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Art in Needlework - A Book About Embroidery - cover

Art in Needlework - A Book About Embroidery

Lewis F. Day

Publisher: Sai ePublications

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Summary

Embroidery begins with the needle, and the needle (thorn, fish-bone, or whatever it may have been) came into use so soon as ever savages had the wit to sew skins and things together to keep themselves warm—modesty, we may take it, was an afterthought—and if the stitches made any sort of pattern, as coarse stitching naturally would, that was embroidery.
 
The term is often vaguely used to denote all kinds of ornamental needlework, and some with which the needle has nothing to do. That is misleading; though it is true that embroidery does touch, on the one side, tapestry, which may be described as a kind of embroidery with the shuttle, and, on the other, lace, which is needlework pure and simple, construction "in the air" as the Italian name has it.
 
The term is used in common parlance to express any kind of superficial or superfluous ornamentation. A poet is said to embroider the truth. But such metaphorical use of the word hints at the real nature of the work—embellishment, enrichment, added. If added, there must first of all be something it is added to—the material, that is to say, on which the needlework is done. In weaving (even tapestry weaving) the pattern is got by the inter-threading of warp and weft. In lace, too, it is got out of the threads which make the stuff. In embroidery it is got by threads worked on a fabric first of all woven on the loom, or, it might be, netted.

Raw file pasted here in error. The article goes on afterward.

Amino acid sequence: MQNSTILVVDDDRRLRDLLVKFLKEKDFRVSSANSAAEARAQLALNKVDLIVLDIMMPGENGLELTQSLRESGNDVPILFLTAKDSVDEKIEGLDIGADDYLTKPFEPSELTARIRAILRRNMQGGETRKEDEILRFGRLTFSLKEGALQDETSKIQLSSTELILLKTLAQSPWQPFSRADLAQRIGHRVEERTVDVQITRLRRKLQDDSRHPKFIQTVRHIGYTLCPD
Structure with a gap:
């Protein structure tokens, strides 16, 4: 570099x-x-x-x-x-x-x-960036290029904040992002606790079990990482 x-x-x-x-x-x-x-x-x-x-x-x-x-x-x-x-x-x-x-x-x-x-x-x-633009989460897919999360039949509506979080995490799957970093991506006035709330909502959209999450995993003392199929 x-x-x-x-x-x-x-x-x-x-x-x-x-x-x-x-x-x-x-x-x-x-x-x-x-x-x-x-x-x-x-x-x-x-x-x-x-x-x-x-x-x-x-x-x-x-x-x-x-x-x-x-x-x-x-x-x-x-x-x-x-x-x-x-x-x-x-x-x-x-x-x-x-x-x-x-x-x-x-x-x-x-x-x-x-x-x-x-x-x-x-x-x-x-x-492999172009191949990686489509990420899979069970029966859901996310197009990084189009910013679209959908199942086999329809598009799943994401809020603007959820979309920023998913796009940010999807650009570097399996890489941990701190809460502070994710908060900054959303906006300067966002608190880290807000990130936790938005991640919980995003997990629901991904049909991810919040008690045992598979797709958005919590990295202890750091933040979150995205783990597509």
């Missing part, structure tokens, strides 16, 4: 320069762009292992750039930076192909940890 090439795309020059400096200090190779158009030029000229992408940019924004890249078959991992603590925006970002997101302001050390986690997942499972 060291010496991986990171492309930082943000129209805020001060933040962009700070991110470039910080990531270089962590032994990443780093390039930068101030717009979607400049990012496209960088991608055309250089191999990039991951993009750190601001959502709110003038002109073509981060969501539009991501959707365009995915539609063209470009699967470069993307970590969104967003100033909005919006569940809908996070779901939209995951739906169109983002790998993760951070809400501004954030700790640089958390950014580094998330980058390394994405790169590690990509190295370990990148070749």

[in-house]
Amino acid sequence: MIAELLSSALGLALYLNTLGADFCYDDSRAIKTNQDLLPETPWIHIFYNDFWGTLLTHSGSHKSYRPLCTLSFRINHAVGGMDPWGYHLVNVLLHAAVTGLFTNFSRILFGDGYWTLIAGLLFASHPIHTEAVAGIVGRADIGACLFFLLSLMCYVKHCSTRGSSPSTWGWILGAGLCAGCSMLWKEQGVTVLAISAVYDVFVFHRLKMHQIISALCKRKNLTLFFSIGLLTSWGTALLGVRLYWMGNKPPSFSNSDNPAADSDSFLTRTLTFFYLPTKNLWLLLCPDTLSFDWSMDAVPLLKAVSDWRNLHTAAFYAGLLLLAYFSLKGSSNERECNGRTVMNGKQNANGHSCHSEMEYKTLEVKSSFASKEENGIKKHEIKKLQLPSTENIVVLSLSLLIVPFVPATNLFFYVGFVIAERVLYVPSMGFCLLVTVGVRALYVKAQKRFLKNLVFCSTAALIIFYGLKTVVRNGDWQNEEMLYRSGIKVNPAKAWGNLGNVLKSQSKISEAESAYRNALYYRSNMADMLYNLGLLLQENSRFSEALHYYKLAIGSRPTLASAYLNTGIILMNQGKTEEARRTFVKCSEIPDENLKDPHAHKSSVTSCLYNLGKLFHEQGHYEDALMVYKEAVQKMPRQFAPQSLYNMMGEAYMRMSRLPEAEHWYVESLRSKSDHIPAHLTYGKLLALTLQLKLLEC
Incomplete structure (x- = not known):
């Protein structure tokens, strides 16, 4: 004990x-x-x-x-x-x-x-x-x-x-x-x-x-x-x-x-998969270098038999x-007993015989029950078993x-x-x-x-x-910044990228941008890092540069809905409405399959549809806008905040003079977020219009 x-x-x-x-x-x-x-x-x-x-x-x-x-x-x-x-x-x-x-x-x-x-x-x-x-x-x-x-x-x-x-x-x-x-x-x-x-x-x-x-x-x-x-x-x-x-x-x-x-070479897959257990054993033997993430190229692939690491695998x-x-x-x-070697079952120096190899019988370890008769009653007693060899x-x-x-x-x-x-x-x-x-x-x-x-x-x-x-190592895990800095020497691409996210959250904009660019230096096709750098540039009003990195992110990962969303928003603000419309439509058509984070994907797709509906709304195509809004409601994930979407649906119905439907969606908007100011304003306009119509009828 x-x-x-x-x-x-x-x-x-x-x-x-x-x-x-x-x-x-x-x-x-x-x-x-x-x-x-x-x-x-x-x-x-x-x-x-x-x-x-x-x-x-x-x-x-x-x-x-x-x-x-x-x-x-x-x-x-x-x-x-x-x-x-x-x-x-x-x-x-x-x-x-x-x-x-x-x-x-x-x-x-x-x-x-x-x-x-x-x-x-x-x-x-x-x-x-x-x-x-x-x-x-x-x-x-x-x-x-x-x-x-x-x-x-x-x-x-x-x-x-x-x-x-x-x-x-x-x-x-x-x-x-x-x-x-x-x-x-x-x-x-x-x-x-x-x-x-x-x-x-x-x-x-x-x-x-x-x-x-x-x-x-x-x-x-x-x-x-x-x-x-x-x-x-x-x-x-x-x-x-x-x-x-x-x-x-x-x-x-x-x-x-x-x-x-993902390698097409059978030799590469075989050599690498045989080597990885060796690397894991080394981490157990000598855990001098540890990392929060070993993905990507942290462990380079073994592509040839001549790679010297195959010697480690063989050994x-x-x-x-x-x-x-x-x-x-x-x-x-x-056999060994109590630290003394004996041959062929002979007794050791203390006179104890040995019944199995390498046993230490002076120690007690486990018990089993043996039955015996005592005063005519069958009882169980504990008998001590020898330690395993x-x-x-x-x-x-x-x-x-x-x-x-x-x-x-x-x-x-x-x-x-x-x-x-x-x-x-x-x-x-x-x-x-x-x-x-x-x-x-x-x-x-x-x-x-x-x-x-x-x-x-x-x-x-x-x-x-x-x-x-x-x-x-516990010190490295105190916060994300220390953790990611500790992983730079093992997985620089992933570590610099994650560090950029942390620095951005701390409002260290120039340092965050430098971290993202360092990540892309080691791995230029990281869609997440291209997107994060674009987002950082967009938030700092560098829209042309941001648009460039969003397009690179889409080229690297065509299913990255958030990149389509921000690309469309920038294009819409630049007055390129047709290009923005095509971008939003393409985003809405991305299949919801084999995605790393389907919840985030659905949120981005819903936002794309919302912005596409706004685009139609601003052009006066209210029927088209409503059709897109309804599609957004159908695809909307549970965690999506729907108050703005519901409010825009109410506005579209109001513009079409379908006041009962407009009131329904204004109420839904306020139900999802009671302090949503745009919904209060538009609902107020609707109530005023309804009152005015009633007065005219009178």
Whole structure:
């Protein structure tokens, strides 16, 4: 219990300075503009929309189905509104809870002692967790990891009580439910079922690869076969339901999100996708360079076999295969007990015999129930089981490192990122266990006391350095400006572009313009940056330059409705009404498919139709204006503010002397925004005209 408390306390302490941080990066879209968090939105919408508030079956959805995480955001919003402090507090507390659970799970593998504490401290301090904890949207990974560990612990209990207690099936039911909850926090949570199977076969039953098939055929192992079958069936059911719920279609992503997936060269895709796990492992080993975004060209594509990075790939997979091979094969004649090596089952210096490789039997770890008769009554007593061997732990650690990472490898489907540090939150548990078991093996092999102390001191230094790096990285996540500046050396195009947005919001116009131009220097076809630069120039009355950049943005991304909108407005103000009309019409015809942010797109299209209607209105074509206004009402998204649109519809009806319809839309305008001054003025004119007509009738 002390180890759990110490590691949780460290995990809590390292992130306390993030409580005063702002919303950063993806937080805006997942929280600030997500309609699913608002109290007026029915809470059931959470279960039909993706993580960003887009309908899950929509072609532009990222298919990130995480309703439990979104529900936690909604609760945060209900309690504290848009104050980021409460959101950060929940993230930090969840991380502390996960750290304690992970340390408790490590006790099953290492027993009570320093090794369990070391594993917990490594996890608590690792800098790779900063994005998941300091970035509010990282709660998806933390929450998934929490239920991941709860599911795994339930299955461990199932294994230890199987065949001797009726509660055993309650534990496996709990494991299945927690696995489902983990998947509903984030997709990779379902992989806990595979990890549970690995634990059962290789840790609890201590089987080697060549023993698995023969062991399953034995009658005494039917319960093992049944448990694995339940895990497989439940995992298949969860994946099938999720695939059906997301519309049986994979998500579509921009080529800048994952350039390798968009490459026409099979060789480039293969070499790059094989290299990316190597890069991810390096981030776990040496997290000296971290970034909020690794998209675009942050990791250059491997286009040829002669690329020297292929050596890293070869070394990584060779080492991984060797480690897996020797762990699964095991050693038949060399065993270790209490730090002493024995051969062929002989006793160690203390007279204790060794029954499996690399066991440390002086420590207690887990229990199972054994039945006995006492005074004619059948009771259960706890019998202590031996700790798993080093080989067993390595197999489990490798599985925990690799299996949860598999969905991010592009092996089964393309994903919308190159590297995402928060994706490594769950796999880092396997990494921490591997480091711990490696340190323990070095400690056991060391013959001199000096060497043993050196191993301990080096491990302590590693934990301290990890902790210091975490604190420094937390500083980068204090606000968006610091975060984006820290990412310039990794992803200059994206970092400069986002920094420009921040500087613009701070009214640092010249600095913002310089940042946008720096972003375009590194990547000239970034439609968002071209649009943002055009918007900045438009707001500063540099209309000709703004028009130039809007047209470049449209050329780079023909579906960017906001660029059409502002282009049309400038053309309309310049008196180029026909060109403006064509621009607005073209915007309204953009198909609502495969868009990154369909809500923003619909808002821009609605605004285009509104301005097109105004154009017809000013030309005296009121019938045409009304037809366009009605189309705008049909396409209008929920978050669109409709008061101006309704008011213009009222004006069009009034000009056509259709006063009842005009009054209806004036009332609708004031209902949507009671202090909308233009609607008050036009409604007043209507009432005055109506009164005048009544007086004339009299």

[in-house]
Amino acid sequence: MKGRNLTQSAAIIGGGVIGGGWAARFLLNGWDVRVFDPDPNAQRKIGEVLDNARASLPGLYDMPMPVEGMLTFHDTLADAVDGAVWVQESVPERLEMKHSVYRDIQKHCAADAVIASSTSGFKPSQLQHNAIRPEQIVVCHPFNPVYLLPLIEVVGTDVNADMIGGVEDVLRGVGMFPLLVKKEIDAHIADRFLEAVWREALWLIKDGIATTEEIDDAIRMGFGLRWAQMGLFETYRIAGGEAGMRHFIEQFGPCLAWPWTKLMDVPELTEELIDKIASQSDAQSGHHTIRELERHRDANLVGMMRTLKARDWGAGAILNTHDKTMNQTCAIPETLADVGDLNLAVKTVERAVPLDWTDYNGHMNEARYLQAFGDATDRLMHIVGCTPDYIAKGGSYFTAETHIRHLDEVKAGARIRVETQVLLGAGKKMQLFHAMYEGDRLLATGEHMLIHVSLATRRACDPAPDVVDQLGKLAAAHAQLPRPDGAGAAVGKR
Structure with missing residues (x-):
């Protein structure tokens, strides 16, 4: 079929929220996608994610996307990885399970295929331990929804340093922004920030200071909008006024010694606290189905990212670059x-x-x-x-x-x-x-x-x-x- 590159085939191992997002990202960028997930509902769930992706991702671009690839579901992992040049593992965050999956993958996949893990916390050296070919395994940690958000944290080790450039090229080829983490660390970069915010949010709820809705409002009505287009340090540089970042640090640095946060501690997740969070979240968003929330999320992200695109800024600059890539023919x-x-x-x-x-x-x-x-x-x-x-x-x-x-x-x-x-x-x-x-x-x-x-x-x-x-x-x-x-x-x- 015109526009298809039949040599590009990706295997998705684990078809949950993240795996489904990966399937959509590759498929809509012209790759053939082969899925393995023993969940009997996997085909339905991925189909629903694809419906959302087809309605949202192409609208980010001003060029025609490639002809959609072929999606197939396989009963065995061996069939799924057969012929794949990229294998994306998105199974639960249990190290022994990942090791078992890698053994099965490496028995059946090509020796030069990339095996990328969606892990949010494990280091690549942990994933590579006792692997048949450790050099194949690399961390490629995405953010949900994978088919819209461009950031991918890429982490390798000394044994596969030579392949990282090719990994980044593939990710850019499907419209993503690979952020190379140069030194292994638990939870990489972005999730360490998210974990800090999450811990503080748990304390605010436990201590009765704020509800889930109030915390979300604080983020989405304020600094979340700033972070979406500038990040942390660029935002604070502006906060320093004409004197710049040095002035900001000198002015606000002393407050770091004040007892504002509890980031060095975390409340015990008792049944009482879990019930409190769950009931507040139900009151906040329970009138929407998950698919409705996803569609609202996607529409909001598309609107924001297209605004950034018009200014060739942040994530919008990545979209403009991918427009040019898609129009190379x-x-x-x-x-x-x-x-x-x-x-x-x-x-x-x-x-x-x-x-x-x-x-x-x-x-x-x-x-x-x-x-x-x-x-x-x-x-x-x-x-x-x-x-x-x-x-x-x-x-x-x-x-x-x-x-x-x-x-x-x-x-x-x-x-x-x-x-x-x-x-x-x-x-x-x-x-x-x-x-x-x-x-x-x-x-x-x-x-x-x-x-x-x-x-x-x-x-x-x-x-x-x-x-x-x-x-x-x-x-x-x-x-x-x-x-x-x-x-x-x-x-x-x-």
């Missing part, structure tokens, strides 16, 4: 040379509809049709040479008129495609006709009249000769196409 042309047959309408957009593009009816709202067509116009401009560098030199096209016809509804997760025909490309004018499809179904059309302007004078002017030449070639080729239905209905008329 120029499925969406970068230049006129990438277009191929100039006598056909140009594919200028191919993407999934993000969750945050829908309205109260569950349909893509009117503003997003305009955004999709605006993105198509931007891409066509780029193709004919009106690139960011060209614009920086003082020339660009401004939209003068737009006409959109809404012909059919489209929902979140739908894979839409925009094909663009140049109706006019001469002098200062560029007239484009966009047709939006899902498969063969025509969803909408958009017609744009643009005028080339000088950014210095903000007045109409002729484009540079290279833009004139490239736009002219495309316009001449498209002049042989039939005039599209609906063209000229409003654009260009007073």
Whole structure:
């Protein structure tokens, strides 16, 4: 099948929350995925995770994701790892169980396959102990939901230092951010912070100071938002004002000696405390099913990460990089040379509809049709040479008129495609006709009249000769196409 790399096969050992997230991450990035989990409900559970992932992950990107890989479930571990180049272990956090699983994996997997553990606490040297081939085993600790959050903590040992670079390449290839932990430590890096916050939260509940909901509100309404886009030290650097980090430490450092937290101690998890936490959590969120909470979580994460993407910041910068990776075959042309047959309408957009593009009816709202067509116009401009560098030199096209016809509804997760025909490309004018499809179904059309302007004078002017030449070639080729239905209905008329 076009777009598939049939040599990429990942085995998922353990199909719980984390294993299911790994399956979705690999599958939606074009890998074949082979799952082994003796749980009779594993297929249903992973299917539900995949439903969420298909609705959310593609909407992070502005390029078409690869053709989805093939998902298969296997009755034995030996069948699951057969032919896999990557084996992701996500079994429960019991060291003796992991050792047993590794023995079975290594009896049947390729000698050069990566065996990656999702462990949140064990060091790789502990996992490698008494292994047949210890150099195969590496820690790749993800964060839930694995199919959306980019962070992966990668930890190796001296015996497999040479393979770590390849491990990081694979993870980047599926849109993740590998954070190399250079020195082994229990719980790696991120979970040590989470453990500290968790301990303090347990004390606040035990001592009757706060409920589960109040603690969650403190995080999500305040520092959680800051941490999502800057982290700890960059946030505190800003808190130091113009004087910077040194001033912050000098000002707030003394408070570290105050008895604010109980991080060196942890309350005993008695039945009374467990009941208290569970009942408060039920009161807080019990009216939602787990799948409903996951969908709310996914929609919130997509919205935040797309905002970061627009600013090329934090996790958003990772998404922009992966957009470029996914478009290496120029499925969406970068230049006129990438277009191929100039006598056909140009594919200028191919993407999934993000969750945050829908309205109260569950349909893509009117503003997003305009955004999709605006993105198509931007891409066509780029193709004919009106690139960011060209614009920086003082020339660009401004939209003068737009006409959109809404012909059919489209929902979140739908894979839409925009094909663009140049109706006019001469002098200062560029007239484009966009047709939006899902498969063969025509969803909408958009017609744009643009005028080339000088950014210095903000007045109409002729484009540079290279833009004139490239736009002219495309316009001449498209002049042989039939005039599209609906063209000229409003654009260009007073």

There is inevitably a certain amount of overlapping of the crafts. For instance, take a form of embroidery common in all countries, Eastern, Hungarian, or nearer home, in which certain of the weft threads of the linen are drawn out, and the needlework is executed upon the warp threads thus revealed. This is, strictly speaking, a sort of tapestry with the needle, just as, it was explained, tapestry itself may be described as a sort of embroidery with the shuttle. That will be clearly seen by reference to Illustration 1, which shows a fragment of ancient tapestry found in a Coptic tomb in Upper Egypt. In the lower portion of it the pattern appears light on dark. As a matter of fact, it was wrought in white and red upon a linen warp; but, as it happened, only the white threads were of linen, like the warp, the red were woollen, and in the course of fifteen hundred years or so much of this red wool has perished, leaving the white pattern intact on the warp, the threads of which are laid bare in the upper part of the illustration.

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